35

They're V-Mesh panels. V-Mesh panel from Irish Wire. The offset of the vee gives rigidity in the horizontal direction. The vertical rigidity is addressed by the fence posts. It's available in 2, 3 or 4 vee depending on the panel height.


33

I will expand on DKNguyen answer, because to my knowledge also the two reasons are: reduce contact/bearing stresses (having a significant effect on thin finishes live galvanisation) change the joint tightening characteristics (see joint diagram). reduce contact stresses on surfaces. The basic idea is that since contact stress is defined as: $$\sigma = \...


32

The picture, below, of the exaggerated long section of the Channel Tunnel was taken from Wikipedia. Full-sized image here. Some of the limiting factors for the Channel Tunnel are: Railways don't like steep gradients The tunnels comprising the Channel Tunnel were excavated using tunnel boring machines (TBMs). Like railways, they cannot tolerate steep ...


31

I assume you are asking the deepest structure of any sort that exists. Here is an infographic : Source : https://alansfactoryoutlet.com/the-deepest-underground-structures-in-the-world/ One mystery undersea structure: Cuban Underwater City The Cuban Underwater City is another underwater structure that raises more questions than it answers. What appears to be ...


29

As others stated before, induction loops are the primary - most reliable method: the coils (usually just several loops of wire) embedded in the road; fed given frequency from a generator, in presence of metal the frequency of the LC circuit changes and the sensor circuitry detects the change of frequency, producing a presence signal. In some cases these may ...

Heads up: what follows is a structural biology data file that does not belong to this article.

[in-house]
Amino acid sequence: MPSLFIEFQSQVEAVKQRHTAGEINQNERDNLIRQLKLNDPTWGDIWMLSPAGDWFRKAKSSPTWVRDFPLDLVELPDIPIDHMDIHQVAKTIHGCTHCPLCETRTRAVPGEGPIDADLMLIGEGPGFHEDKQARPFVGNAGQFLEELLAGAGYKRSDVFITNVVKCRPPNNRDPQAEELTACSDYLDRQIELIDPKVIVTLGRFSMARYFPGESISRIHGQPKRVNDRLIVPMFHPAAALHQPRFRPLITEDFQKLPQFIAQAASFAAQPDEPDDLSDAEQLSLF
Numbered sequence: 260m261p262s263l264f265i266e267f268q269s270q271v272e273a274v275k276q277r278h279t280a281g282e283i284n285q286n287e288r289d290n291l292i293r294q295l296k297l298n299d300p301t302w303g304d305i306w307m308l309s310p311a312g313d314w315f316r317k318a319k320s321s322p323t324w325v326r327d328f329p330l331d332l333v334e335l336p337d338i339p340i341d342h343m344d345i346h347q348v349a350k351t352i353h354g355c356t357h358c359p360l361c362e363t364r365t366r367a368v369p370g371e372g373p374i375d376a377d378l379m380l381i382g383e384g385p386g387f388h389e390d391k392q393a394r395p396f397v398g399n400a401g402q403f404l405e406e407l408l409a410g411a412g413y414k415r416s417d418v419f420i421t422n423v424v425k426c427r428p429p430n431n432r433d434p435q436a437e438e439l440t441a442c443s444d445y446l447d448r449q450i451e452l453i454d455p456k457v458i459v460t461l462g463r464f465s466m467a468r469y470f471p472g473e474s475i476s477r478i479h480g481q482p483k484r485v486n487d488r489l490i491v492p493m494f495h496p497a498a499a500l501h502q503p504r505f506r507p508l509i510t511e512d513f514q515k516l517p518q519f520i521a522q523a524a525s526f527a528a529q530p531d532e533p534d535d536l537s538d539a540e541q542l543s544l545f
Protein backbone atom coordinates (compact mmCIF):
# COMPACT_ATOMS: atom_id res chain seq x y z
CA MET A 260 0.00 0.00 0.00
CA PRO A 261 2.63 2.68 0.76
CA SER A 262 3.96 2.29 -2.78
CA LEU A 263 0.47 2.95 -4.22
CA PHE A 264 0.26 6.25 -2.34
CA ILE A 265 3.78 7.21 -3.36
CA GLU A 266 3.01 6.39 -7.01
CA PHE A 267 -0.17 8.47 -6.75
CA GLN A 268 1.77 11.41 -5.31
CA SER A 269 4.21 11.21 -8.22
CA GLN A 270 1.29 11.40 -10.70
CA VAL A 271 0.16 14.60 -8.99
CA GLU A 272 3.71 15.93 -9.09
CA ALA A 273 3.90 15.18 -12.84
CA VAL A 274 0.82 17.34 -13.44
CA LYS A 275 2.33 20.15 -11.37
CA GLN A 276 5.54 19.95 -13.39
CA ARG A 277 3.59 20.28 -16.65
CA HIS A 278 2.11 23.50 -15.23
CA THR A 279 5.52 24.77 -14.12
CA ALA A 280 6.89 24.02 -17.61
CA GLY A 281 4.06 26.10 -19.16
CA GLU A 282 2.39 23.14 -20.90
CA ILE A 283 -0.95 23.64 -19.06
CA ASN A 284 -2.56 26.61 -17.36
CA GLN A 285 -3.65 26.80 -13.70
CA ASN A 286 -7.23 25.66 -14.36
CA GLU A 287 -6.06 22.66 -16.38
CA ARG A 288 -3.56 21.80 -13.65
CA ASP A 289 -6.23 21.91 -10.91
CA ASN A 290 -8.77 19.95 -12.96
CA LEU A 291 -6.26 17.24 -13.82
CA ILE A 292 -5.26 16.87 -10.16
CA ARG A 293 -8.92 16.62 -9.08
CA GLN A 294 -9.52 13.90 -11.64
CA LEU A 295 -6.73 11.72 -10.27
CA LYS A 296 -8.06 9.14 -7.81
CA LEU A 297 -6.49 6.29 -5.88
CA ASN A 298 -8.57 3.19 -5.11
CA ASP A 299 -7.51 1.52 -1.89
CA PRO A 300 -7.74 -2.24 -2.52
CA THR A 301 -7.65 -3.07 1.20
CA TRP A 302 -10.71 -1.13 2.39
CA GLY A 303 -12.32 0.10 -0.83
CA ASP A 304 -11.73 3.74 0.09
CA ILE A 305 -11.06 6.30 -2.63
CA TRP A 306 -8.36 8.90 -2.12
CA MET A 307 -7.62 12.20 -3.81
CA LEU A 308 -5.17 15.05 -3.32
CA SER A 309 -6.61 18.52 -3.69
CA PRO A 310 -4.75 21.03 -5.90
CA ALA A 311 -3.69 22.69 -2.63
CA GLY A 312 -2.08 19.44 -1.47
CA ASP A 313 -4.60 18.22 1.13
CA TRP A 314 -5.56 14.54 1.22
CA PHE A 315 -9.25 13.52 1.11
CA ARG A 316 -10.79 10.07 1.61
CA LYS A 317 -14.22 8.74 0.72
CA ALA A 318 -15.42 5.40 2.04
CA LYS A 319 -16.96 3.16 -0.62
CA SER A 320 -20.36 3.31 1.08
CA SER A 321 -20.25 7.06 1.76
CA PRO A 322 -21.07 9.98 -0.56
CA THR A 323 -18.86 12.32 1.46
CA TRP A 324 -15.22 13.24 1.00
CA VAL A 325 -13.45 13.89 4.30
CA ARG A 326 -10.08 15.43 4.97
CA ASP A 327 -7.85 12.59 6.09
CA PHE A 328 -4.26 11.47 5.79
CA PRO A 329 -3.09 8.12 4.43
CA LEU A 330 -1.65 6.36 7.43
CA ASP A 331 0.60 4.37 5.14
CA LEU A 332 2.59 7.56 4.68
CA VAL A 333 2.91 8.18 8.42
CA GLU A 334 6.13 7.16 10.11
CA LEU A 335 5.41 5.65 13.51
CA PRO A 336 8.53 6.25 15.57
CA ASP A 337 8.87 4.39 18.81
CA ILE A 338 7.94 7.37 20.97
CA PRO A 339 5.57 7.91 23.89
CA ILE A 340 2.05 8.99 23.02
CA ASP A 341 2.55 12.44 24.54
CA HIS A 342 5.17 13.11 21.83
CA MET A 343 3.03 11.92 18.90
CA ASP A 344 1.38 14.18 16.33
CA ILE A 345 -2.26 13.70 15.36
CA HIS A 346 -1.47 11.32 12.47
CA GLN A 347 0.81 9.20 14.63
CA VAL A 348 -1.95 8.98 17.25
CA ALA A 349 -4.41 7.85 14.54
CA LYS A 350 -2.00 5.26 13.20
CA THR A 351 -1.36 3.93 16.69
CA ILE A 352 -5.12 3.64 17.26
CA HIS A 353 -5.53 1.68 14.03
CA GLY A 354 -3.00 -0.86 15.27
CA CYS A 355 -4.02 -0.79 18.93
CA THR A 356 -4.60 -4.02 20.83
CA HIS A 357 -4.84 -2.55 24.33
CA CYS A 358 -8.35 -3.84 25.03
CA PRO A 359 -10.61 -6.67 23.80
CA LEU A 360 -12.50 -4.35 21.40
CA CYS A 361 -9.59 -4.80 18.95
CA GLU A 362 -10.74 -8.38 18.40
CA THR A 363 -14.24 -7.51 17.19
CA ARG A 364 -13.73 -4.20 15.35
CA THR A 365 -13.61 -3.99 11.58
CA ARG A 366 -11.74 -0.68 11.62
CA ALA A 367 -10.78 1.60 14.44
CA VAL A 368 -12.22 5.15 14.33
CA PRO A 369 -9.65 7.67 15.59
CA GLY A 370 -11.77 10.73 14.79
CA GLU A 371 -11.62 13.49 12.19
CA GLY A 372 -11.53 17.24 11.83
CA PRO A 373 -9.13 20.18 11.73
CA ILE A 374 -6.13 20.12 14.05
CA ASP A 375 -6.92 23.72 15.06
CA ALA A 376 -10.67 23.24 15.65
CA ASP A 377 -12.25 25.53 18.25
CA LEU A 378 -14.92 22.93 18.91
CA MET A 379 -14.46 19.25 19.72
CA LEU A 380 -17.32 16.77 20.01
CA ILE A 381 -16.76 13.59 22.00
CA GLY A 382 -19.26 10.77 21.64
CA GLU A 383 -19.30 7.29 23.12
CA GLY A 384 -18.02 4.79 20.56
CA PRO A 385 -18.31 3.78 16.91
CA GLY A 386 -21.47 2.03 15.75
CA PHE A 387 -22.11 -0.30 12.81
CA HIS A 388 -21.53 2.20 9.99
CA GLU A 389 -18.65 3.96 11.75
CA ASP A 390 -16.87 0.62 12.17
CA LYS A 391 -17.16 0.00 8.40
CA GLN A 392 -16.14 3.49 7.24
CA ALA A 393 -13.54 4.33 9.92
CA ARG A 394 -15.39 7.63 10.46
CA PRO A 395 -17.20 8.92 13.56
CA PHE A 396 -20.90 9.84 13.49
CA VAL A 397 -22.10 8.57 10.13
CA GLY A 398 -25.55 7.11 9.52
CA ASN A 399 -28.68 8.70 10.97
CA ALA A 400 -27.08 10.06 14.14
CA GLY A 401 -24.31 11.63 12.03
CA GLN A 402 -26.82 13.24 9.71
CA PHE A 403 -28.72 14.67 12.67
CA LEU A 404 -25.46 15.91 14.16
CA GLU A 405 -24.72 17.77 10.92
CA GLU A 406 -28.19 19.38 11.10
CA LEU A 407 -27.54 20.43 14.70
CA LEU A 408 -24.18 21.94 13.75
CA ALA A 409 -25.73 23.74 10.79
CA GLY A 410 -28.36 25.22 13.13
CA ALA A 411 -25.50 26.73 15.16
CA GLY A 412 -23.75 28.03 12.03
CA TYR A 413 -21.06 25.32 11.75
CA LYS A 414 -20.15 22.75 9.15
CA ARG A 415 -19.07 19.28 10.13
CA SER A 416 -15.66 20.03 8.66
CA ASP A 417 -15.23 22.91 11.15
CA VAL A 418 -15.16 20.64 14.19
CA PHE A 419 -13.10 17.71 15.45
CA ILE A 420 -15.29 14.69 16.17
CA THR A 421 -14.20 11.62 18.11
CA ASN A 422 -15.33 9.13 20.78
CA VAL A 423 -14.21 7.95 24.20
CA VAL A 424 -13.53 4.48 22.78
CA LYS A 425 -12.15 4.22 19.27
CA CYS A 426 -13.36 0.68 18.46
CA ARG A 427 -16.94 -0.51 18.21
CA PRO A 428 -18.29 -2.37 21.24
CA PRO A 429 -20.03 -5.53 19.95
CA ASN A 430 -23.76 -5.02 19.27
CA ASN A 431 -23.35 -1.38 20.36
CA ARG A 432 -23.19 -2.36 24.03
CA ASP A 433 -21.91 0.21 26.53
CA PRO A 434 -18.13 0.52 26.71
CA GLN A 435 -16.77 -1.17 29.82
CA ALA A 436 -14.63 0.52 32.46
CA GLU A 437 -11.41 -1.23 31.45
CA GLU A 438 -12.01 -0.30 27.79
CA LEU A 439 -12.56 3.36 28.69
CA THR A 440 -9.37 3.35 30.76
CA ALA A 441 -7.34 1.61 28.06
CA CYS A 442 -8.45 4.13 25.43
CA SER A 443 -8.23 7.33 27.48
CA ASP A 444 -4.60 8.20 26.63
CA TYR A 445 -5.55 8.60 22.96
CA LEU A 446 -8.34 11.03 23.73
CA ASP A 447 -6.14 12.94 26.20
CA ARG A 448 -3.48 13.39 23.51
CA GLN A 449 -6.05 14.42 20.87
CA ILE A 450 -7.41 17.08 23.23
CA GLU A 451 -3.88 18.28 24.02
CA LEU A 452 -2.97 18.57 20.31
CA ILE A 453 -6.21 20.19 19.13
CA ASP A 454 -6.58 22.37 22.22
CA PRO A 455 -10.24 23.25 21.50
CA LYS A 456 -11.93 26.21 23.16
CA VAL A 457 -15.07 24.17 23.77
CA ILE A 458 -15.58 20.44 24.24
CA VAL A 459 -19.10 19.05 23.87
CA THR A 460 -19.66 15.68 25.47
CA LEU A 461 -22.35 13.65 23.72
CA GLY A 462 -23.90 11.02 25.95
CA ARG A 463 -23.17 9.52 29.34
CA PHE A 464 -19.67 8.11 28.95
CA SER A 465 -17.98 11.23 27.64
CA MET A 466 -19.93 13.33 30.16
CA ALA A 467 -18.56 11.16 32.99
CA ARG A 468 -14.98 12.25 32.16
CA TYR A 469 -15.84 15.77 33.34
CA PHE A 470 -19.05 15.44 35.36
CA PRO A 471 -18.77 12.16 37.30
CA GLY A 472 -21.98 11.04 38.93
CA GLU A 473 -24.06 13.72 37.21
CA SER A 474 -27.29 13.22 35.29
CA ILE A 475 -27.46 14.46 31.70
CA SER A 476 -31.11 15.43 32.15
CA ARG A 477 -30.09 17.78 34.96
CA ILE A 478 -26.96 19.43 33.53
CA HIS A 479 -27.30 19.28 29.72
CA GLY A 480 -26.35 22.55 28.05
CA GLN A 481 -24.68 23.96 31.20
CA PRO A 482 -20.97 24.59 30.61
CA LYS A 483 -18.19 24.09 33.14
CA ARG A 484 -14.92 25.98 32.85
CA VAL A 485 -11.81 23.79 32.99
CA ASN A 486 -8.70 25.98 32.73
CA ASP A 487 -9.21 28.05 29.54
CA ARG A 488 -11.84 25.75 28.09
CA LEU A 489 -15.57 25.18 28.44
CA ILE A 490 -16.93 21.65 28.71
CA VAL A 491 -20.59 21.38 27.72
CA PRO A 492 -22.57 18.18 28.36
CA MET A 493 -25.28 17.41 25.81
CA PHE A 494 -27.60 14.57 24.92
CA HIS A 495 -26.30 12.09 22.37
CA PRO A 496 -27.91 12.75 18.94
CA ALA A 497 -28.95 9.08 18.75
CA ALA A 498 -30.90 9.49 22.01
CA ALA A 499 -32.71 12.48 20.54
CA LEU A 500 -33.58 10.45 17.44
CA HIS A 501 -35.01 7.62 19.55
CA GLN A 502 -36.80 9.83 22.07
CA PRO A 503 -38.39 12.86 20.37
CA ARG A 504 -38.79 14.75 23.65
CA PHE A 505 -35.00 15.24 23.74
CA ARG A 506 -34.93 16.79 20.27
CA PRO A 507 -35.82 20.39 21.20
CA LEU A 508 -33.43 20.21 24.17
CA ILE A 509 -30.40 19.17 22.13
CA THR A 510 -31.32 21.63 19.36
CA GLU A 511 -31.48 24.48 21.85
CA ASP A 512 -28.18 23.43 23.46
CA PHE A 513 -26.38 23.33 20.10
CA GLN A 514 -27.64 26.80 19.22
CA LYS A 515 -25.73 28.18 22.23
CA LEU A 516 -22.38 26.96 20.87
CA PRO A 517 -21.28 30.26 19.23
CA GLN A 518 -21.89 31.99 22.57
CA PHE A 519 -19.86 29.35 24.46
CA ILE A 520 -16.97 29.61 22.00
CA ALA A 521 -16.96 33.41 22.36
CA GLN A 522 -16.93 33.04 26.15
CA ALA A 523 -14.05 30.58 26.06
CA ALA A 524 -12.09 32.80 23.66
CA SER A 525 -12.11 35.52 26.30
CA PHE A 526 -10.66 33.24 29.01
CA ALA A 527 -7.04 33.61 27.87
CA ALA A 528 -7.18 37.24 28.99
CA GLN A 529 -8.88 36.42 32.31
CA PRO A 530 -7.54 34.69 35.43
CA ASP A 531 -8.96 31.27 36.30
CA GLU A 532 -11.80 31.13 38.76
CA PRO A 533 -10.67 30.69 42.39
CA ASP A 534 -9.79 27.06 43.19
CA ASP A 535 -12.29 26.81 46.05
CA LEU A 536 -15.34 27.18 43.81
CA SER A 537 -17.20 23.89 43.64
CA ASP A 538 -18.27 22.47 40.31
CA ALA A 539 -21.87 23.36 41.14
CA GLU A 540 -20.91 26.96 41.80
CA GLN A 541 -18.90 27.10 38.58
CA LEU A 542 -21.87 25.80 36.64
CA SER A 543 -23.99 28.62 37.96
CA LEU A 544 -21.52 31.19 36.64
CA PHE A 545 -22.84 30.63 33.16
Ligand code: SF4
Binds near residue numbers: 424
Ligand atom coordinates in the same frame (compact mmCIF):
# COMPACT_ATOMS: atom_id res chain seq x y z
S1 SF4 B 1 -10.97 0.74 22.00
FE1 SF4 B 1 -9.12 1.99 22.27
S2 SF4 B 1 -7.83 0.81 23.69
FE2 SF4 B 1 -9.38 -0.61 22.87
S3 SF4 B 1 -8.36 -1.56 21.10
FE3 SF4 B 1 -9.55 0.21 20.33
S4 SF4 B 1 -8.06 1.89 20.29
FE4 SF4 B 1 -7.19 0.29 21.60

27

It is for spreading out the stress. But it is also for giving the bolt a bearing surface to turn on. The washer always goes on the side (nut or bolt) that is being turned. It prevents it from marring up the work surface and also changes the tightening characteristics. I don't know the specifics of that though but that's what I was told by a toolmaker. Always ...


26

That looks like a Pratt truss. These trusses have diagonals which go from the outer-top nodes to the inner-bottom nodes (i.e. they connect to the top chord on the node furthest from the center of the span, and to the bottom chord on the node closest to the center). This design means that the diagonals are under tension and the verticals are under ...


26

It is a trench shield. It gets placed in a trench after the trench is dug to prevent workers from being hurt or killed in the event of a trench collapse. This picture from GMC trench shield shows a partially collapsed trench with a shield installed that would protect the workers installing the blue brute pipe.


26

I am not sure about this particular design. But in public places, the benches are designed to provide temporary comfort but discourage using them as a vagrant or homeless hang out, hence designed subtle discomfort. Also, they have to be easy to scan by security cameras and not have hard-to-see corners easy to hide contraband material or even explosives! ...


24

This is called Slope Paving. (In the US at least.) It is done for two reasons at bridge abutments. These reasons are related: Steeper slopes are possible. Protection from undermining abutments and piles. Steep Slopes The soil that is used to create the earthen fills will only stand up naturally to a certain steepness. By placing a layer (~4in) of ...


23